Providing access to affordable medicines and rewarding innovation produces a difficult tension in the global economy. Different nations deal with this tension differently, as illustrated by the United States-Australia Free Trade Agreement ("U.S.-Australia FTA") negotiations. Both nations stood to benefit greatly from reduced or eliminated tariffs. During negotiations, both nations sought to capitalize on the opportunity to alter certain practices that hindered trade. One such practice was Australia's fifty-five-year-old Pharmaceutical Benefits Scheme ("PBS"). The PBS controls prices for most medicines within Australia. Australian consumers are concerned that the U.S.-Australia FTA will adversely affect access to affordable medicines because free trade agreements are generally intended to remove tariffs as well as non-tariff barriers to trade between the parties. This agreement, however, leaves Australia's subsidization program intact. Similar concerns have been raised before, specifically in Canada over the North American Free Trade Agreement ("NAFTA"). Canada, however, is still able to provide access to affordable, yet innovative drugs, even after NAFTA. Australia will be able to do the same well after the U.S.-Australia FTA is fully implemented. The provisions of the U.S.-Australia FITA are minor procedural changes and do not substantively change how the PBS operates.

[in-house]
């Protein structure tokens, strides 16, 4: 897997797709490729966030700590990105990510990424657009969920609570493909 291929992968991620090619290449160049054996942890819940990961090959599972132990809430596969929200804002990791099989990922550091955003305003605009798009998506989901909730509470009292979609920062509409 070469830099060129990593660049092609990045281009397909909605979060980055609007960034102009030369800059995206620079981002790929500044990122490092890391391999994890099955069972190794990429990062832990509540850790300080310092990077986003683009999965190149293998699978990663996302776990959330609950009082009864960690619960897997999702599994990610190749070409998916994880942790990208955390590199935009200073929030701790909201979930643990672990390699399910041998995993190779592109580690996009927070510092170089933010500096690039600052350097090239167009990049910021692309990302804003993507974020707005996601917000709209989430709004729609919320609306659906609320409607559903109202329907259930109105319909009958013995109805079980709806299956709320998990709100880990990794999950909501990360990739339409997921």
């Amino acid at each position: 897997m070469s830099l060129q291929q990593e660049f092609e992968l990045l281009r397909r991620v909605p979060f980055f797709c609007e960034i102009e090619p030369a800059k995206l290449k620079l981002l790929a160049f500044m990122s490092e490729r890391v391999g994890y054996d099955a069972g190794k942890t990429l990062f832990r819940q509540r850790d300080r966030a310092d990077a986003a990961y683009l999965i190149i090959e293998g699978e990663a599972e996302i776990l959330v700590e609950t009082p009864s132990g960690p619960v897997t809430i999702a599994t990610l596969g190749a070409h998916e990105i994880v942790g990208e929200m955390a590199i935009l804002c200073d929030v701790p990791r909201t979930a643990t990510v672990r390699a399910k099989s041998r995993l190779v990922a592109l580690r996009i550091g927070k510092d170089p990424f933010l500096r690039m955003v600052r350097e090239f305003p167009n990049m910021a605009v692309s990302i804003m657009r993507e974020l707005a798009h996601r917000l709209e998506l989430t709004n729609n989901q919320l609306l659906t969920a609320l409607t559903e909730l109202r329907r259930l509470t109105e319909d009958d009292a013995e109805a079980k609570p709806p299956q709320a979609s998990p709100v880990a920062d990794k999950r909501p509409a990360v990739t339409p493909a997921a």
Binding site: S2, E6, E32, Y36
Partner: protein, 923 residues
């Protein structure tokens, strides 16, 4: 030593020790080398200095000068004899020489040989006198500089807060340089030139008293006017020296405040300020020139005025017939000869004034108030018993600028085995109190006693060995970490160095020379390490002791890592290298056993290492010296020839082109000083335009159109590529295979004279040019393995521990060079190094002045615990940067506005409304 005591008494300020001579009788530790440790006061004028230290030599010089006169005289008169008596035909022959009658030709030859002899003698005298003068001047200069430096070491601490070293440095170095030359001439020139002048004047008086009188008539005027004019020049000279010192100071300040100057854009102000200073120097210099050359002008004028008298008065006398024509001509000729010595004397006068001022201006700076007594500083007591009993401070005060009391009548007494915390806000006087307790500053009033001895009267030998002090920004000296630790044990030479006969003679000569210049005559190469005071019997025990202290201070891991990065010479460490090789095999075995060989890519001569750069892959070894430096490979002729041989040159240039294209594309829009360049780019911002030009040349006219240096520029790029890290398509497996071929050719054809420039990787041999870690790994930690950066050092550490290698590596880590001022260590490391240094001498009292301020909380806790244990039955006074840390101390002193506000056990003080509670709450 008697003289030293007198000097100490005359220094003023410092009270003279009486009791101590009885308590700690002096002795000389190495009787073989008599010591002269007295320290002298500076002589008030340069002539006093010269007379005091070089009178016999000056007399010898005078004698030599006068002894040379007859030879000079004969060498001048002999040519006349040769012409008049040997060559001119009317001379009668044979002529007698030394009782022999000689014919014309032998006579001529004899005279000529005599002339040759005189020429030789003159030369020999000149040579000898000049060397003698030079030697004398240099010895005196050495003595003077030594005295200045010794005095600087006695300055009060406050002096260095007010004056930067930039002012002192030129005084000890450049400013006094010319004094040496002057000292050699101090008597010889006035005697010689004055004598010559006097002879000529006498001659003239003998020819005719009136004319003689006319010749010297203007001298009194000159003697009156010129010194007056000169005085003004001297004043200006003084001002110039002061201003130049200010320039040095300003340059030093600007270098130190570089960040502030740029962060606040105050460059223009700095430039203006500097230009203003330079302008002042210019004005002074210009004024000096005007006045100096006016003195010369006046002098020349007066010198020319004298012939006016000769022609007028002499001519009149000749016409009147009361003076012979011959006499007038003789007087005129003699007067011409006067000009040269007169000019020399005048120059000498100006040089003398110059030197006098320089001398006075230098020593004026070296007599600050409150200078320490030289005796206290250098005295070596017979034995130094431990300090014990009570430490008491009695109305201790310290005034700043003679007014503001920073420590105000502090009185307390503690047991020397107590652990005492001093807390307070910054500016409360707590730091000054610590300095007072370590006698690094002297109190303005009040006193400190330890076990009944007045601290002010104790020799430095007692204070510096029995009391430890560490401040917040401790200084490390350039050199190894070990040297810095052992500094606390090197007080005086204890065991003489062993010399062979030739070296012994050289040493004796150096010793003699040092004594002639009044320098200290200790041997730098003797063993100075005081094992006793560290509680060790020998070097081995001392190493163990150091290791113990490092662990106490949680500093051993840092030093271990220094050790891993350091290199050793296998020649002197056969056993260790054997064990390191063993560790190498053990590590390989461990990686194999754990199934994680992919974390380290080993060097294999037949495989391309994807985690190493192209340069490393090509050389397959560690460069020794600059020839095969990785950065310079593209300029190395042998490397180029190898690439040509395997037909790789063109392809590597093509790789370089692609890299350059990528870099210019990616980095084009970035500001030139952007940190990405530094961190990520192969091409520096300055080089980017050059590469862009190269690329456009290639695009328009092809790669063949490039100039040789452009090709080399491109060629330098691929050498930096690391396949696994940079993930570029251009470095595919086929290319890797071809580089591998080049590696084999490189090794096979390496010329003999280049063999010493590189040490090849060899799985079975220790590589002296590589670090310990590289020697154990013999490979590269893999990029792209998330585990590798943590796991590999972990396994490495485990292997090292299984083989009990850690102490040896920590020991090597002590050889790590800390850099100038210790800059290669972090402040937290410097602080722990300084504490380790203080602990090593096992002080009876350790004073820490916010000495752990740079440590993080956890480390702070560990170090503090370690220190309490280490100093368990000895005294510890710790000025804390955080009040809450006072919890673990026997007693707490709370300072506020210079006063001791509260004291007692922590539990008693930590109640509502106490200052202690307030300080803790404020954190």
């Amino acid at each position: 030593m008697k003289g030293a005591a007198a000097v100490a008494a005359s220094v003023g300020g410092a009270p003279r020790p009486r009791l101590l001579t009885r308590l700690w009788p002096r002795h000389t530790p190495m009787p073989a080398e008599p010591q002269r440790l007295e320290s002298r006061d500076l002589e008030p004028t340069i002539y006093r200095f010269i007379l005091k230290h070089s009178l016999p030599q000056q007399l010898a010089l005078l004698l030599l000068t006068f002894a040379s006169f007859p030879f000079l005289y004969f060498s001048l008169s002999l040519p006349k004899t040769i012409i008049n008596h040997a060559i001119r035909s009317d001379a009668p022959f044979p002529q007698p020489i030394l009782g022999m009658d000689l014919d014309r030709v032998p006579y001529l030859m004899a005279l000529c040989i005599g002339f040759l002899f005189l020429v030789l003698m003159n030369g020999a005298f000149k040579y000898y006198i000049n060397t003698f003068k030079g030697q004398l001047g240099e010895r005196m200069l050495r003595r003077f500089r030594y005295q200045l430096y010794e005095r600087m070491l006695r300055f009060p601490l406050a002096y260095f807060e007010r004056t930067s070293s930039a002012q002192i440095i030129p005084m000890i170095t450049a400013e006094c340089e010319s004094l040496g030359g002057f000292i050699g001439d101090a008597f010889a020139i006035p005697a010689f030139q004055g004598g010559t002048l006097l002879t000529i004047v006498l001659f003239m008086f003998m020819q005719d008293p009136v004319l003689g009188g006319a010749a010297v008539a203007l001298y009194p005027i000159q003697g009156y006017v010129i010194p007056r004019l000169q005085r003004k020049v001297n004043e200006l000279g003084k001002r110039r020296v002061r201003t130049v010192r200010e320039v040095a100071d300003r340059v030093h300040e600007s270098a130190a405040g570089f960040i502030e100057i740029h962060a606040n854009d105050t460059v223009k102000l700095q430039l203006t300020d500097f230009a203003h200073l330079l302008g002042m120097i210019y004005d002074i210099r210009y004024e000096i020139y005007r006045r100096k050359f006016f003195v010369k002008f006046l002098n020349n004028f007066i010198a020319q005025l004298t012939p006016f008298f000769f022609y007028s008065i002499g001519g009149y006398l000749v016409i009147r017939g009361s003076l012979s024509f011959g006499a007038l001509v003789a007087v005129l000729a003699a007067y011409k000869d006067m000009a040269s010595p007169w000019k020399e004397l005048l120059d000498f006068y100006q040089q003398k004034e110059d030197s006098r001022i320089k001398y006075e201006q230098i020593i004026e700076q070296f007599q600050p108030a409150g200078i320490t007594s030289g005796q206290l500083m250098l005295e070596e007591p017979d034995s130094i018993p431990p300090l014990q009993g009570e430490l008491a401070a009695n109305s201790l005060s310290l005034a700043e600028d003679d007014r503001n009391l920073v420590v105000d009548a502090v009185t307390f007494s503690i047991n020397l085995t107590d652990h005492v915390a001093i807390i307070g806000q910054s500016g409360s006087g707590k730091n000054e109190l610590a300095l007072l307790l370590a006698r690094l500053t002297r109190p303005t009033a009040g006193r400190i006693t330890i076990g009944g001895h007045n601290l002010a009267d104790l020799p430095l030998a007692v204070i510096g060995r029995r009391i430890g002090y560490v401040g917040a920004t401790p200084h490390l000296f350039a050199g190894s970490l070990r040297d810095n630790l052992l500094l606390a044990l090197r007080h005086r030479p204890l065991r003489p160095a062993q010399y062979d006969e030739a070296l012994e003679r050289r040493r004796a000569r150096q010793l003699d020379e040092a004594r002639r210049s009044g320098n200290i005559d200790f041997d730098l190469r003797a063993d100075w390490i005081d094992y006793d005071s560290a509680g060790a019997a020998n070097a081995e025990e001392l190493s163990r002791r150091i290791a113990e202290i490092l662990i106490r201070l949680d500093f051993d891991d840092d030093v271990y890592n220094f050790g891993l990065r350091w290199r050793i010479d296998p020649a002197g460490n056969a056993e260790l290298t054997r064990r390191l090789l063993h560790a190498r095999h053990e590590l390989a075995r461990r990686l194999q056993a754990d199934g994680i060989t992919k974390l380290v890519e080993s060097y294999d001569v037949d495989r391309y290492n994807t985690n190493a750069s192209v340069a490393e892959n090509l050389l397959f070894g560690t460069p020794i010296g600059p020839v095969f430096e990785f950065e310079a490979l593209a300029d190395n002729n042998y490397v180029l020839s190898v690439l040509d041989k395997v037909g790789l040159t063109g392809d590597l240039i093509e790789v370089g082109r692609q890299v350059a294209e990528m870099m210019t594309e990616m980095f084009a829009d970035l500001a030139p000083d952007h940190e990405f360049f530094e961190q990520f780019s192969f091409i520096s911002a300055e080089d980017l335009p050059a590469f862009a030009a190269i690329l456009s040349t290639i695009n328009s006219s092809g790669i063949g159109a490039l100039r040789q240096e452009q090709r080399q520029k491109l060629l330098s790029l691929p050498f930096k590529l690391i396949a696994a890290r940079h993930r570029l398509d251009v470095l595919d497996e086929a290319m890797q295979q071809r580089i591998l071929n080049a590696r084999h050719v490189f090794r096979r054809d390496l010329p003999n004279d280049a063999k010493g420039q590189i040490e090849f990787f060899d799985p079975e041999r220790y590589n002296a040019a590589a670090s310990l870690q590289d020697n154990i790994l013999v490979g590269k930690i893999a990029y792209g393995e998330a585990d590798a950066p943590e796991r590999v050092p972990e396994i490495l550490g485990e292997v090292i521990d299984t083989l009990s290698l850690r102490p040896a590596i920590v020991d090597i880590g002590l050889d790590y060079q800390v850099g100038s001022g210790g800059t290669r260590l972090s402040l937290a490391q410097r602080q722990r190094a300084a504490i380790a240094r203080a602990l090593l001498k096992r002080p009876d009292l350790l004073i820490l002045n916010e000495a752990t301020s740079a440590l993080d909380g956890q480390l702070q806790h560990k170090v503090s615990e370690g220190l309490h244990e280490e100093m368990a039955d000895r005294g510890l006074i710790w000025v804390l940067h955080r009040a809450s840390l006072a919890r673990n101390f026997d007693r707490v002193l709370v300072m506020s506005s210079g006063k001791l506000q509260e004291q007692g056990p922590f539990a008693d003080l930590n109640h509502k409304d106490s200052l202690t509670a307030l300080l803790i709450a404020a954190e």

Katherine M. Van Maren,
Bartering with a Nation's Health or Improving Access to Pharmaceuticals? The United States-Australia Free Trade Agreement,
14 Pac. Rim L & Pol'y J.
Available at: https://digitalcommons.law.uw.edu/wilj/vol14/iss3/8